The water cycle, also known as the hydrologic cycle, describes the continuous movement of water as it makes a circuit from the oceans to the atmosphere to the Earth and on again.
Most of Earth's water is in the oceans. The sun, which drives the water cycle, heats water in the oceans. Some of it evaporates as vapor into the air. Rising vapor cools and condenses into clouds. Cloud particles grow and fall out of the sky as precipitation.
Some precipitation accumulates as ice caps, glaciers, and snowpacks; in warmer climates, snow melts in the spring and flows into streams. Most precipitation falls back into the oceans or onto land, where it flows over the ground as surface runoff. A portion of runoff enters rivers and continues toward the oceans. Runoff and groundwater seepage can also accumulate and get stored as freshwater in lakes.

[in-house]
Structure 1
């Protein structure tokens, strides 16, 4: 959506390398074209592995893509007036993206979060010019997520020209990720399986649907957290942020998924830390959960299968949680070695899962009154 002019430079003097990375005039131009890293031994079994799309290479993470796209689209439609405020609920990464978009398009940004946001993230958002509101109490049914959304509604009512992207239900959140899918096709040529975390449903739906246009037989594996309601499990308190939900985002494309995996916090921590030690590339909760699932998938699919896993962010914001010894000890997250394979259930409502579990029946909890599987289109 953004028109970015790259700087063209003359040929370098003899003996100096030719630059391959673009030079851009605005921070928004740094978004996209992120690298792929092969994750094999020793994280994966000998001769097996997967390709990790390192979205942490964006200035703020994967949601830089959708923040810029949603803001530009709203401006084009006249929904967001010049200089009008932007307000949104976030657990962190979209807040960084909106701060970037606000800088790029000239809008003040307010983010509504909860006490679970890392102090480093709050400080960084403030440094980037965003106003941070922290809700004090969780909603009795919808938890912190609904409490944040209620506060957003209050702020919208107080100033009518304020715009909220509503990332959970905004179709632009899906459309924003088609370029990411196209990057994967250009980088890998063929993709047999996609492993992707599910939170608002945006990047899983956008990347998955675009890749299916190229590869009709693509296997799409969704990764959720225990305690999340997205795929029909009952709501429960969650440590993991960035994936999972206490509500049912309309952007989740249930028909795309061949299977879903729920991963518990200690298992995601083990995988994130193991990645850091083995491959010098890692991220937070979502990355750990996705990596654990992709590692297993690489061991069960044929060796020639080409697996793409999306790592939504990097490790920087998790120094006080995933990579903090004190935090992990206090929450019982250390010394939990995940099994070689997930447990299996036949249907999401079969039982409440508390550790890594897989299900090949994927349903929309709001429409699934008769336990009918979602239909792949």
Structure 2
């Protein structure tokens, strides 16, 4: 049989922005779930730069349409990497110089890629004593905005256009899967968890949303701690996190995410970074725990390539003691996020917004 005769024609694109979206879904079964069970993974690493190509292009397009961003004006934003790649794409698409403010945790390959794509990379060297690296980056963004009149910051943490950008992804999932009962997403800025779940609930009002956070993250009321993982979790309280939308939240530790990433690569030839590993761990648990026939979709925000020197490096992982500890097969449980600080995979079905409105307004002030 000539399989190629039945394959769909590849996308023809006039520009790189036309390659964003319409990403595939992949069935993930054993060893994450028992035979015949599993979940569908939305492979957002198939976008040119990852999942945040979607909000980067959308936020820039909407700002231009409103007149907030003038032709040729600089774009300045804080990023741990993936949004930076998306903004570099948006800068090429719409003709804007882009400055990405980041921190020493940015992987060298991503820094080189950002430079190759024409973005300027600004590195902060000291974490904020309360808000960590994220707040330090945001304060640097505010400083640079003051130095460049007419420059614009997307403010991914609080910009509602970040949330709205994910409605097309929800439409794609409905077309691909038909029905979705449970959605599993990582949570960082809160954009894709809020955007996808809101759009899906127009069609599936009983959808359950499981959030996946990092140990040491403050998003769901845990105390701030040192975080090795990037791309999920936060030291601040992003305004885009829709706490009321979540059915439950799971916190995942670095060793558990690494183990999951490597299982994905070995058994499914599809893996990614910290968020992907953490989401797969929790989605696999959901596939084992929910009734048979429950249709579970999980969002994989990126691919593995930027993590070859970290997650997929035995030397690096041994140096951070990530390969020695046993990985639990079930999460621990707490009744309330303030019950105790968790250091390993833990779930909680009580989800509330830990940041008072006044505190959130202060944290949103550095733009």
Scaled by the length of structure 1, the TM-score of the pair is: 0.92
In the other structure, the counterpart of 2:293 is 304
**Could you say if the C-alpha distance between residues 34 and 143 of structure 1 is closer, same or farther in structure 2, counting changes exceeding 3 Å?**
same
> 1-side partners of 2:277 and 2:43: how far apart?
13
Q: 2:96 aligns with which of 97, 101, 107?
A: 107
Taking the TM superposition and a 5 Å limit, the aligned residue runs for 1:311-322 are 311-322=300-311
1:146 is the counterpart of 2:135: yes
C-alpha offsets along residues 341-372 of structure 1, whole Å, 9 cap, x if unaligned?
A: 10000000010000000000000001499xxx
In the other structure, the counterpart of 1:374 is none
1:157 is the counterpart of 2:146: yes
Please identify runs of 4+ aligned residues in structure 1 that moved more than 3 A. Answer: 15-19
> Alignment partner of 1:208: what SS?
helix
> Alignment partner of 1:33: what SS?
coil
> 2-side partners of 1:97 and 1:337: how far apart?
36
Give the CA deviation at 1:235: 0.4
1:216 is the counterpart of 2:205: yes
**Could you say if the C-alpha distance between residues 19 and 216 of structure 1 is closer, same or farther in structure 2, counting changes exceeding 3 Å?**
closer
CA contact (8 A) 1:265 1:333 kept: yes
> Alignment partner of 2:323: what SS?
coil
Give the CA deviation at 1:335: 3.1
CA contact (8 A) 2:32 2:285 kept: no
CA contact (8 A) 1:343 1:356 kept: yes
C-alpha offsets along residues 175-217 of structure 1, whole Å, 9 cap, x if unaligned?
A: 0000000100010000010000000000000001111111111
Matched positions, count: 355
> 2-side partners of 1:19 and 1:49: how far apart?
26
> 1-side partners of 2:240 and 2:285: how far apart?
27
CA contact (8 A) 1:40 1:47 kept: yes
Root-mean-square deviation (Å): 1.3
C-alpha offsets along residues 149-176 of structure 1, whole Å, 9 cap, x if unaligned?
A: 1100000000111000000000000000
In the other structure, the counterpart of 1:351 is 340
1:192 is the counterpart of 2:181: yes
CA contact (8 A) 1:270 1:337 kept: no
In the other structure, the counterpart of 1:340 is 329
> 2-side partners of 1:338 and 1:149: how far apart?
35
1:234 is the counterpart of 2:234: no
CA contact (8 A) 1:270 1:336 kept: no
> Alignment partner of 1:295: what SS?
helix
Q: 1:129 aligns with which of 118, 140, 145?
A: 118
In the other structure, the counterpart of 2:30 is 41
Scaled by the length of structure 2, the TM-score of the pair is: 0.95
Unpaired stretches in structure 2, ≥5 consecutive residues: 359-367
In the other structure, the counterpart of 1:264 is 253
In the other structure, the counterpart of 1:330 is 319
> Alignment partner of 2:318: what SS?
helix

Some runoff soaks into the ground where it replenishes groundwater aquifers or seeps back to the surface.
Over time, this cycle continues again and again.
Learn more: USGS Water Science School: The Water Cycle